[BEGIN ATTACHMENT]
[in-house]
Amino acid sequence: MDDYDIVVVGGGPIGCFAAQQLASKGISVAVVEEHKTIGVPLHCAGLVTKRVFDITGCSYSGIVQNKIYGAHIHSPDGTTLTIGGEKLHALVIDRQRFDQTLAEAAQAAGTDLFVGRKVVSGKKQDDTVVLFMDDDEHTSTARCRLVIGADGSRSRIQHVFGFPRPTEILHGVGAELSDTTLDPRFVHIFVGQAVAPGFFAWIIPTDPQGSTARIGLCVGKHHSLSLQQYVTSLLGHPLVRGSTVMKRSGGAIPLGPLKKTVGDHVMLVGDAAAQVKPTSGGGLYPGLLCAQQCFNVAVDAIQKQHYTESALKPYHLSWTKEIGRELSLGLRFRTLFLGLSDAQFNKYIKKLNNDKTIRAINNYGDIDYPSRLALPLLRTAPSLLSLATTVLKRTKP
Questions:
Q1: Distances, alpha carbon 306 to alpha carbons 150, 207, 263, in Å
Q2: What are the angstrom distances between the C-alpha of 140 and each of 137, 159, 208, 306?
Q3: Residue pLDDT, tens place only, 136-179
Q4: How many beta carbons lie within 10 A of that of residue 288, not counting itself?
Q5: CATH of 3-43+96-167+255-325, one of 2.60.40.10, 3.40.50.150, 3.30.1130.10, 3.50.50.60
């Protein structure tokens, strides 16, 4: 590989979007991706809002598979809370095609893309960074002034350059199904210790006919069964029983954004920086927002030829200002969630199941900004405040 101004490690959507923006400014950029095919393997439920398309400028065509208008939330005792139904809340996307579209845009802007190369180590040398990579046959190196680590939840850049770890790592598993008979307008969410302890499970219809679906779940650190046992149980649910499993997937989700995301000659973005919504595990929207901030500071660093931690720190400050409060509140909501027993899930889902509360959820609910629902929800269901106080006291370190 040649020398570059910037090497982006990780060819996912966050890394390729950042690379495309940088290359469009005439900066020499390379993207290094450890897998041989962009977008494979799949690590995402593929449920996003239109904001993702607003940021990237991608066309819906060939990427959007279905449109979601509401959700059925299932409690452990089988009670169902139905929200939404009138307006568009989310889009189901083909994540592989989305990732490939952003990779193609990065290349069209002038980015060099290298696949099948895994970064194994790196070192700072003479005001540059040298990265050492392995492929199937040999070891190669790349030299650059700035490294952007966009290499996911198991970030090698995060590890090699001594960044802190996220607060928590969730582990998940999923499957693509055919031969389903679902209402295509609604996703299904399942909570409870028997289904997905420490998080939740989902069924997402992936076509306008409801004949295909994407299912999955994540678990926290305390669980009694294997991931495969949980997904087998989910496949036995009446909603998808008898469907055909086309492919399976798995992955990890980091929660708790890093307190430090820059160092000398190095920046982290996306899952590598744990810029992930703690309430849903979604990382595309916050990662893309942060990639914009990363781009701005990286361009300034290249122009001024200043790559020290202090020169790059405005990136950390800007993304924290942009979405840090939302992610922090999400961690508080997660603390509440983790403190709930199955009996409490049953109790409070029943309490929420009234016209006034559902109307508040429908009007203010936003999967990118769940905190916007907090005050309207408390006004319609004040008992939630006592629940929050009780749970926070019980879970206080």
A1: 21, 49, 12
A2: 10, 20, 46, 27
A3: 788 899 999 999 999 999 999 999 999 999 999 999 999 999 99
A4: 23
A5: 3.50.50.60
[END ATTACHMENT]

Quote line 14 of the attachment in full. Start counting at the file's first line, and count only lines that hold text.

A5: 3.50.50.60